The best way is to first open all the faucets to release any pressure in the lines. If you can get to it; turn off the valve before the problem pipe you want to thaw. If the pipe has already burst, then you need to repair that section (if there was pressure then there might not be a burst situation.) Look around for signs of water leakage.
Now you want to warm the pipes--don't rush this. Open cabinets to let the house's heat get to the pipers if it is a sink that is frozen. If the frozen pipes are inside a wall or in concrete other than hiring a plumber with a pipe thawing machine (assuming you don't have plastic pipes) the only thing you can do is warm up the room and wait.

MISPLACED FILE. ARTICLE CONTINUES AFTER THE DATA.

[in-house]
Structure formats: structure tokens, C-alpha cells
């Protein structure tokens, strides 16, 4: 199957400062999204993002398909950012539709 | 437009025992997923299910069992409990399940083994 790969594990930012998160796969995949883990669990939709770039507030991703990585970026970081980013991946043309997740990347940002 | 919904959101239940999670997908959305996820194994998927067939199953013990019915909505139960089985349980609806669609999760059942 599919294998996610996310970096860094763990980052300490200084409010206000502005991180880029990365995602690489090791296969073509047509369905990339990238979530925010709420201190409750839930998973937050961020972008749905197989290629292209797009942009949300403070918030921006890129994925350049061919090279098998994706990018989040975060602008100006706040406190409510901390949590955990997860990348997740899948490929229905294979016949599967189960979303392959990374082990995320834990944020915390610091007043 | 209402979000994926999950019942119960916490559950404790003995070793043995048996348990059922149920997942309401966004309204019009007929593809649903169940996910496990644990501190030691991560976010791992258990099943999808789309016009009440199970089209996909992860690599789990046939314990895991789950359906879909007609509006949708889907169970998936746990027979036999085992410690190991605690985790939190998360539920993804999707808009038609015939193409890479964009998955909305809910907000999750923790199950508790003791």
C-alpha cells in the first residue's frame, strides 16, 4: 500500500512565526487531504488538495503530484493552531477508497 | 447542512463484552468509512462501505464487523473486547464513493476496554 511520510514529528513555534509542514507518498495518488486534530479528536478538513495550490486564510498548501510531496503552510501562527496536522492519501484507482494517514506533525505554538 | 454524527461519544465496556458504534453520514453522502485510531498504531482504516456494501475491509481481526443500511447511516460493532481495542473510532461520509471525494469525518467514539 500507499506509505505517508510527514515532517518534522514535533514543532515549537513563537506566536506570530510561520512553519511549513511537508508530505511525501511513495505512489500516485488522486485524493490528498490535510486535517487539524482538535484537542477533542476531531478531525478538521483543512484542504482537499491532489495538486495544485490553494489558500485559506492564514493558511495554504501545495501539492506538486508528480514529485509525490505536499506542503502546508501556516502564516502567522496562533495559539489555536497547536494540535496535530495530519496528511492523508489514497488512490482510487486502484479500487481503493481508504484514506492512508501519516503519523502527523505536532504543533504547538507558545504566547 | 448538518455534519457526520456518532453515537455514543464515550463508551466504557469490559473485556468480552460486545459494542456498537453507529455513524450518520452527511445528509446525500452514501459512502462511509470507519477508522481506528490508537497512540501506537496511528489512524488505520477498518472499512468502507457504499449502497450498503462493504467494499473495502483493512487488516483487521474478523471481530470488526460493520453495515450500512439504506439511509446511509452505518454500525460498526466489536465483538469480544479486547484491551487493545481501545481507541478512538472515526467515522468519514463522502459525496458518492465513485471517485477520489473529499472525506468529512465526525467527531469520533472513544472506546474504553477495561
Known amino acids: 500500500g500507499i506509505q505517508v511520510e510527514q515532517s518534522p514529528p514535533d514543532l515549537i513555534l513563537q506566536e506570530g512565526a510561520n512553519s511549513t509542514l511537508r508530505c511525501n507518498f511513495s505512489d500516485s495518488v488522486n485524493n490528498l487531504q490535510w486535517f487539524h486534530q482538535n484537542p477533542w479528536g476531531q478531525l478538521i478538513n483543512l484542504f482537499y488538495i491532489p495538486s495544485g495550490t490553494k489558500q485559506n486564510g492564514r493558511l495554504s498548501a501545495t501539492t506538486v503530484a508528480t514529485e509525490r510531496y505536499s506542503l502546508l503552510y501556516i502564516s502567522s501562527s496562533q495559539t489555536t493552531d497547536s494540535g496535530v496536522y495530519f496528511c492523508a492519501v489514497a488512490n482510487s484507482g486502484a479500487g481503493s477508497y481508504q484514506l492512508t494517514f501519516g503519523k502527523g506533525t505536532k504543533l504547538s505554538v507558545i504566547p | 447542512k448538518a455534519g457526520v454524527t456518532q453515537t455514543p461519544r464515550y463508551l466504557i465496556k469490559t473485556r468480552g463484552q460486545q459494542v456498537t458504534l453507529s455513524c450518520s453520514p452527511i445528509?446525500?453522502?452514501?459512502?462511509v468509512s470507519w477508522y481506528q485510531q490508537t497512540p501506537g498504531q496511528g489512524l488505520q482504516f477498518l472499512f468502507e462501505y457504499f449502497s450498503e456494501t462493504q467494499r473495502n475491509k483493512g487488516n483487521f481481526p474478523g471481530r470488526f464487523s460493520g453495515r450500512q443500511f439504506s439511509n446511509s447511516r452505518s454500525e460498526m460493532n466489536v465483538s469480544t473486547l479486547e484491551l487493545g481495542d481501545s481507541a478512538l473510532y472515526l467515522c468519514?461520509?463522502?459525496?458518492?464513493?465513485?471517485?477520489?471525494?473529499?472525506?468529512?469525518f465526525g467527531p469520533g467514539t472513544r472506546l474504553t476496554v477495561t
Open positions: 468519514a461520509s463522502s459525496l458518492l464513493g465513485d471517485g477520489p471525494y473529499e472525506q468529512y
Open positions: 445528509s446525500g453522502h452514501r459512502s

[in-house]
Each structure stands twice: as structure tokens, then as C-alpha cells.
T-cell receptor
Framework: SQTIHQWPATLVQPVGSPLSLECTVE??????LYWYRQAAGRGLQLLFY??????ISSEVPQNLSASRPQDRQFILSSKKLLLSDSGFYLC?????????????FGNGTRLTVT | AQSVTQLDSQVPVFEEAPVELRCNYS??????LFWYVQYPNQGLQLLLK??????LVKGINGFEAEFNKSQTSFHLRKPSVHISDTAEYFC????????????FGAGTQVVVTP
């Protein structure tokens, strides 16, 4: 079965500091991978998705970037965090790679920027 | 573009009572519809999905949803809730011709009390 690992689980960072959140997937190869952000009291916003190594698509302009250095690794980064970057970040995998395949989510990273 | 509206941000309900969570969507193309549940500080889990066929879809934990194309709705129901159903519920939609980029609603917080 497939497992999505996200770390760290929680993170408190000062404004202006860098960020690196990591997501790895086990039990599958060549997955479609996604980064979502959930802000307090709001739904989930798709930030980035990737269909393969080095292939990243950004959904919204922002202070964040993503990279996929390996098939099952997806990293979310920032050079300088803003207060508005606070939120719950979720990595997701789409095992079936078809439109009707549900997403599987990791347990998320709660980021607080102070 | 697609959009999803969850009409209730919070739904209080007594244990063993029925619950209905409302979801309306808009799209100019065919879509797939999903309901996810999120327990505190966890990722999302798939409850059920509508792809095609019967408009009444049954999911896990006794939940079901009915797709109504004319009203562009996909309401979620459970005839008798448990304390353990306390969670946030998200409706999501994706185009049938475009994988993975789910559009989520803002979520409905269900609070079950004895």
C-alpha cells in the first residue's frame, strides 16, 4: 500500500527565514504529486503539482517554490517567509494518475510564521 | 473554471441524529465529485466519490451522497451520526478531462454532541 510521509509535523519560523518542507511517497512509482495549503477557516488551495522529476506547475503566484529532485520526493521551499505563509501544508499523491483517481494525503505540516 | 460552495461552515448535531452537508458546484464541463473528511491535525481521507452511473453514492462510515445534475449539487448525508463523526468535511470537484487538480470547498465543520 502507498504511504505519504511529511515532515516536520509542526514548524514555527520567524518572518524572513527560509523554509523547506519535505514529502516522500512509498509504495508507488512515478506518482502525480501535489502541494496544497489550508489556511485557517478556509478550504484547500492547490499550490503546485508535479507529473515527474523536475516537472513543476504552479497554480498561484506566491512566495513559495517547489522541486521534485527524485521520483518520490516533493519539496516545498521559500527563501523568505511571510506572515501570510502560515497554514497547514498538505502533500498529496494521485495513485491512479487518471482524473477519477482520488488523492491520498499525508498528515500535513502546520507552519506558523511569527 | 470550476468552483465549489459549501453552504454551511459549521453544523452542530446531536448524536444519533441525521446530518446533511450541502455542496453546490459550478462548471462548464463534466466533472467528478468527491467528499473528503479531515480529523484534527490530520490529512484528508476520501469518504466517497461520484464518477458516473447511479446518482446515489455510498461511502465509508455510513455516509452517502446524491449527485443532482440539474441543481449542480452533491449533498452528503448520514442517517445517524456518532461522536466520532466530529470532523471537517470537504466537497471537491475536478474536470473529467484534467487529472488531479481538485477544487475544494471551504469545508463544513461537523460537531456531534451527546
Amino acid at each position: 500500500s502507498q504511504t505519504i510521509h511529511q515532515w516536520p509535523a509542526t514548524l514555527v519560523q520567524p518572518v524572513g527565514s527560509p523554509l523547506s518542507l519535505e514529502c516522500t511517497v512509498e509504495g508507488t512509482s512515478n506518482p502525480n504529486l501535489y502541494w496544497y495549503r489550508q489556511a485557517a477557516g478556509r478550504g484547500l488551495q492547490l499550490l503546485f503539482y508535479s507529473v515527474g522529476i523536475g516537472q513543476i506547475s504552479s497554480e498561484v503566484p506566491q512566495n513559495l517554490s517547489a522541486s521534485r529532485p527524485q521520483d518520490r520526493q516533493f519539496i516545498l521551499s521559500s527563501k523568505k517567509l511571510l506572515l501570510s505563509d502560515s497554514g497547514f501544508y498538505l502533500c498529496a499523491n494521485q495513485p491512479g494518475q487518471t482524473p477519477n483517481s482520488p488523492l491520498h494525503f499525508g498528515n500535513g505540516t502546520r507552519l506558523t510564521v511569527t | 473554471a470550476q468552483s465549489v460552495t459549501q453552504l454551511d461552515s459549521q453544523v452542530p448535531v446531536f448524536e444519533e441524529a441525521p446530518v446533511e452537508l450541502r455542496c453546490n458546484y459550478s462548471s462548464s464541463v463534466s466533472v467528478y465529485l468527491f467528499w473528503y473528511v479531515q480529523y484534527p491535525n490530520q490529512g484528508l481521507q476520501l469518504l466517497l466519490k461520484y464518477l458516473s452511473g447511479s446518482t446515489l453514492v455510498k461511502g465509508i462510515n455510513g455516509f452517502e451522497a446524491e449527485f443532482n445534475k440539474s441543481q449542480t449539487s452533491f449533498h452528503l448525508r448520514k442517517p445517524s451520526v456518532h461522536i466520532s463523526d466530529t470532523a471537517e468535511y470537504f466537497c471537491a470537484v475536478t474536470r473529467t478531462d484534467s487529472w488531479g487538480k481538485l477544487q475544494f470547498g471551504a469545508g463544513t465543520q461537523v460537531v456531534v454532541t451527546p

A hair dryer can also assist, if there isn't any water around the area.
When you have found and repaired the area, then to prepare for next year, either insulate the pipes better or add a thermostatically controlled pipe wrap (to keep the pipes warm in colder weather.) Also consider rerouting pipes within a heated area.
Pipes that lead out of the home can be treated the same way as water pipes, but they are often underground or otherwise inaccessible. In these instances, slowly pour hot water into the drain. Alternatively, snake a piece of rubber tubing into the pipe until it reaches the ice. Boil a kettle of water and attach the end of the tube to the spout. Steam will travel down the tube and slowly melt the ice.